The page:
Summary & Comment: The Zimbabwe Media Commission said it was ready to receive journalists’ applications for accreditation and registration from media organizations in May last year, a dozen of publications have been registered, but only a few are printing.
About a year after it was formed, the Zimbabwe Media Commission (ZMC) cites as achievement the fact that it has licensed over a dozen new print publications – even though only one is actually bei ng published. It hardly amounts to radical change to the country’s notoriously repressive media landscape, but Commissioner Chris Mhike tells Jackie Bischof, of journalism.co.za, that it does represent some progress for a commission that was set up as a political compromise and has no money. When Zanu-PF and the two formations of the Movement for Democratic Change (MDC) reluctantly formed a government of national unity in Zimbabwe in 2009, independent commissions formed an important of the deal. An independent media commission was one of them, but it took many months for the delicate political balancing and dealmaking to deliver the ZMC’s members.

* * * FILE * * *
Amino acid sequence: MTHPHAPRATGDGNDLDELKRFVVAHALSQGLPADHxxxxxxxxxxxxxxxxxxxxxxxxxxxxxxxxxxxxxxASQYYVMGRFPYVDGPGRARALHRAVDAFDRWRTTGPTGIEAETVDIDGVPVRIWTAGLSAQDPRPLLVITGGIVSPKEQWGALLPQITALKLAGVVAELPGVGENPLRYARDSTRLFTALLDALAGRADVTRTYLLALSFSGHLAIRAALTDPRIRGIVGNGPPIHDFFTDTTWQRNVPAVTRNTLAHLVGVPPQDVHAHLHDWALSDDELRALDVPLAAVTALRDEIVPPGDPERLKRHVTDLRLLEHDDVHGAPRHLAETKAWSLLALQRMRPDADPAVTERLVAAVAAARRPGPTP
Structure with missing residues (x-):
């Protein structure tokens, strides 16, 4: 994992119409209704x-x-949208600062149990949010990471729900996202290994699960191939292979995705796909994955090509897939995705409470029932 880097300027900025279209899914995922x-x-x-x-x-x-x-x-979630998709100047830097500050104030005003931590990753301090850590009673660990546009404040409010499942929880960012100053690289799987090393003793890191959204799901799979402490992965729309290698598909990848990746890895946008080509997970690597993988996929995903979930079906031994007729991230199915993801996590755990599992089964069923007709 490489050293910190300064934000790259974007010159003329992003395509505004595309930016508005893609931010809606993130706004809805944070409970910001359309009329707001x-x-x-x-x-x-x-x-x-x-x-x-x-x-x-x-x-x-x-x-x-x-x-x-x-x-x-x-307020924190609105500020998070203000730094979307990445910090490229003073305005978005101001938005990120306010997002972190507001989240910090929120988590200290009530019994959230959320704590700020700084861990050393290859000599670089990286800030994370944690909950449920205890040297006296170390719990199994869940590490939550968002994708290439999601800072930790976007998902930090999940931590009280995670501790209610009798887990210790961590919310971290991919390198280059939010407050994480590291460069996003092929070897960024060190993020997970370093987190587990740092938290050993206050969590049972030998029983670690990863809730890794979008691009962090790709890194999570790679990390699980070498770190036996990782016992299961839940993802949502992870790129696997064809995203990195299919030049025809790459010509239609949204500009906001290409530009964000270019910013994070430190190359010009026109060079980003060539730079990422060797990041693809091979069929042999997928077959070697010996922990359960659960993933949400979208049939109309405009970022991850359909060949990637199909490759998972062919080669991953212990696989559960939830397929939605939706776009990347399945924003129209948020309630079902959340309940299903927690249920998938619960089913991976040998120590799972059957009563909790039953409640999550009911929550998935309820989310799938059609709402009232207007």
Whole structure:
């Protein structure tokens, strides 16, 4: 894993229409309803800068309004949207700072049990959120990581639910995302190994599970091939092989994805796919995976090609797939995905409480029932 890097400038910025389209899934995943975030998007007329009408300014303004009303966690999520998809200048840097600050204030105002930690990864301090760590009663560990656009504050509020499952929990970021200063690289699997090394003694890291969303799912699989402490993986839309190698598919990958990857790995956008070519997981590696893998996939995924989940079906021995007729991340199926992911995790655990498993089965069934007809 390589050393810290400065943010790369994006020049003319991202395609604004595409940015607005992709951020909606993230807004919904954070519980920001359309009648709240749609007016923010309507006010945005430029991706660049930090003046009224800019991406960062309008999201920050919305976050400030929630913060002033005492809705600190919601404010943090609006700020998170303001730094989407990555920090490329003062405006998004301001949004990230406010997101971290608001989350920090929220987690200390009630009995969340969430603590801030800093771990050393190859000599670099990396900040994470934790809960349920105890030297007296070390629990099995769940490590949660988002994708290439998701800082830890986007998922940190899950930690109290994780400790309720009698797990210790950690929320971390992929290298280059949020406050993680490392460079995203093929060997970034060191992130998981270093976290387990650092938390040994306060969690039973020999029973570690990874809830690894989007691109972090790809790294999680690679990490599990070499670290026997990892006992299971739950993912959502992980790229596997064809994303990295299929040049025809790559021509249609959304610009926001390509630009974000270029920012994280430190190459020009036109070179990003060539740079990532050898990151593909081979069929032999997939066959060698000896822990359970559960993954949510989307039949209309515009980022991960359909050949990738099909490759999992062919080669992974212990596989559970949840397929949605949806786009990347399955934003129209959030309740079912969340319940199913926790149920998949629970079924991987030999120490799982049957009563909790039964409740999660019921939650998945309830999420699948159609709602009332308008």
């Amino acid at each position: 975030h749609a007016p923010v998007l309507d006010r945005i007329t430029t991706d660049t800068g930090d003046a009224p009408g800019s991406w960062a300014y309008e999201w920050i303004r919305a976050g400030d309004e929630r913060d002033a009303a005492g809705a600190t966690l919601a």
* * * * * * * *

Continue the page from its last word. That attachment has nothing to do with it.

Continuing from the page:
The commission began operating in early 2010 and quickly relicensed the Daily News, long banned, as well as NewsDay, published by Mail & Guardian publisher Trevor Ncube, and several other publications. To date, only NewsDay and Daily News are actually being published. Some observers have said this shows that the whole e xercise is rather pointless. But commissioner Chris Mhike, a lawyer who was previously involved in community radio and has defended media freedom issues in court, says: “Our role is to make a space for anyone who is interested in taking part in the media to do so. In the past… we can at least create an enabling environment in terms of possibility to operate. The economic dimension will be a whole different effort.”